Flight School

The ability to fly has amazed people since time began. The earliest humans watched birds soaring in the sky and dreamed of joining them. Kites were probably humankind’s first attempt to reach the skies. The Chinese first started flying kites around 400 BO, for ceremonies and just for fun.

Leonardo da Vinci was the first person known to seriously study flight. His drawings described his theories on bird flight. Da Vinci even drew pictures of imaginary flyers that would allow a person to fly under his or her own power. Although none were built for over 400 years, his designs inspired the invention of the helicopter.

In the late 1700s, hot air gave human-powered flight a lift. People discovered that hot air rises, so a bag filled with hot air will float. This led to the invention of the hot air balloon. Hot air balloons soared over Europe in the 1780s, giving people the opportunity to realize their dreams of flying through the air.

Around 1800, Englishman George Cayley took flying in a new direction when he discovered the modern airfoil. Cayley, often called the Father of Aviation because of his studies, is acknowledged as the first person to realize that the battling forces governing flight were lift, thrust, drag, and weight. He also built the first glider capable of holding a person, and that first flyer was a 10-year-old boy. Cayley also experimented with rudders and flaps, just like you will on the flyers in this book.

Of course, the Wright brothers pioneered powered flight, but Cayley’s work is more closely related to the flying machines you will be building.

Each chapter in this book focuses on one type of flyer: helicopters, rockets, boomerangs, and different types of gliders. Not all the flyers are easy to make, and many take practice to perfect. But with a little patience, your flyer can reach the sky.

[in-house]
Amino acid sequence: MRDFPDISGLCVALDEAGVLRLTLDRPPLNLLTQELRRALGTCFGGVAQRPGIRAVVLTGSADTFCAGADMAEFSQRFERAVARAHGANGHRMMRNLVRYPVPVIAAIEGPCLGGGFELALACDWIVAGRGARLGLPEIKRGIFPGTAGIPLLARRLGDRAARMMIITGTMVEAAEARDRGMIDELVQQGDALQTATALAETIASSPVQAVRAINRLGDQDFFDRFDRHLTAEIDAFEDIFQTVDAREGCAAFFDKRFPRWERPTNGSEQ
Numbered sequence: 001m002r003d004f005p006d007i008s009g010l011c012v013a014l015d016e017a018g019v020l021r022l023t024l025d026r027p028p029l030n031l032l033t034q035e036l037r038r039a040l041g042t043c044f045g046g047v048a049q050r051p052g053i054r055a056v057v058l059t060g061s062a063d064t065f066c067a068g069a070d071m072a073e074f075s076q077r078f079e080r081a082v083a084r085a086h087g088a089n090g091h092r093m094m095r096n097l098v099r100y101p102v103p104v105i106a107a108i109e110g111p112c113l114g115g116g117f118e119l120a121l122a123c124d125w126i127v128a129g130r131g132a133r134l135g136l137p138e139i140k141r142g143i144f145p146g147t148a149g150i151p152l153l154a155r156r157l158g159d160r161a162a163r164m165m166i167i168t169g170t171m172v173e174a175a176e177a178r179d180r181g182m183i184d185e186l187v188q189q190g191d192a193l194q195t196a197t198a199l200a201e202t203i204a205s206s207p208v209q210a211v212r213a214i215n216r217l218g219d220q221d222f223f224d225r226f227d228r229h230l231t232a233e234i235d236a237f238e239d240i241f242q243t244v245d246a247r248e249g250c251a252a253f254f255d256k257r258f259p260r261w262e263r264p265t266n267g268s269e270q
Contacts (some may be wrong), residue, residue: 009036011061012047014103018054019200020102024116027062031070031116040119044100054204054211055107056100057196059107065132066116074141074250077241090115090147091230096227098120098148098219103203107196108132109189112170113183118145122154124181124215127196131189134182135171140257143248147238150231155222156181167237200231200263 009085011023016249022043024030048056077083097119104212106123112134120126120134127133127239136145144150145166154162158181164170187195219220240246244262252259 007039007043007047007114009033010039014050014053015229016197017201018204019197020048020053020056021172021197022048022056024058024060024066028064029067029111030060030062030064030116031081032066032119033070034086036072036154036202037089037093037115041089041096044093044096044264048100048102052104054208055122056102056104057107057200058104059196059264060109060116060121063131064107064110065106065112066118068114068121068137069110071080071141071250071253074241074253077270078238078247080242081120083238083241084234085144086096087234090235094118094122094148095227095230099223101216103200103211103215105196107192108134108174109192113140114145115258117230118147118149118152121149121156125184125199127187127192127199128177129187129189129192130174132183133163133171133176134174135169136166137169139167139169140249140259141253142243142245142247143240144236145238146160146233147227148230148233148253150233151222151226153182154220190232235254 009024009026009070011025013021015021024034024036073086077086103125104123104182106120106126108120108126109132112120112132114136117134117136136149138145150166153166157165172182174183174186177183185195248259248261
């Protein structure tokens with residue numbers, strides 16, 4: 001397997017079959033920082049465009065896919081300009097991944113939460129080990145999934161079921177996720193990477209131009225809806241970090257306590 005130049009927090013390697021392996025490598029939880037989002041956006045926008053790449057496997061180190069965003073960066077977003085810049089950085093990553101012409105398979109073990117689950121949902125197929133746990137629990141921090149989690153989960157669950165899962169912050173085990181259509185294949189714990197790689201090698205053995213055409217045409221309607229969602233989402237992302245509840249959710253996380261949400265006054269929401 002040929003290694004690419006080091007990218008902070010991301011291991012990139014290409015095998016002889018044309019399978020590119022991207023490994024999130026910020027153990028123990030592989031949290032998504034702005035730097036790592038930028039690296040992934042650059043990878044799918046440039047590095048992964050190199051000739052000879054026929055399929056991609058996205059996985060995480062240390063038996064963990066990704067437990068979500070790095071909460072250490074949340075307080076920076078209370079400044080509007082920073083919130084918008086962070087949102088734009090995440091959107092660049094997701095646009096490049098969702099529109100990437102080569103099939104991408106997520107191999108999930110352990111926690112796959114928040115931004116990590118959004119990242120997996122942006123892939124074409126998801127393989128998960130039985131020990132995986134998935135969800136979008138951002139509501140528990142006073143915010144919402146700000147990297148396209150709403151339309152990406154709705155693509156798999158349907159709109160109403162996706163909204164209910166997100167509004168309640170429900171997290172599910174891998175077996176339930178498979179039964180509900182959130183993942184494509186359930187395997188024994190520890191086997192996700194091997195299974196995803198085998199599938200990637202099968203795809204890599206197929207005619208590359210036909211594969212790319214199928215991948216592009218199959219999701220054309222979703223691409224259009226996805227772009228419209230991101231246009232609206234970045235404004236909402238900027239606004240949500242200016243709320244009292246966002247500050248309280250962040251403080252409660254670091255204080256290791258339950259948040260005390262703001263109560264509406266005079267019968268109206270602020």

The Bernoulli Principle

Daniel Bernoulli’s dad, a brilliant mathematician, never wanted his son to study math. Instead, he wanted Daniel to study medicine because it paid better. Daniel did go into medicine but never forgot his love of math. As a math professor in his 20s, he discovered a principle that combined his interests in math, science, and medicine, and it made him both famous and rich.

At the time of his discovery, Bernoulli was working with blood. He wanted to know about the relationship between blood pressure inside an artery and the speed of the blood through the artery. He soon realized that if he punctured a tube carrying a fluid with a thin pipe, the fluid would go up the pipe. And more interestingly, how far it rose (due to pressure) was related to the speed of the fluid past the end of the pipe. For the next 150 years in Europe, physicians would measure blood pressure by piercing a patient’s artery with a thin glass tube. Luckily for you and me, we have a safer way to measure blood pressure today.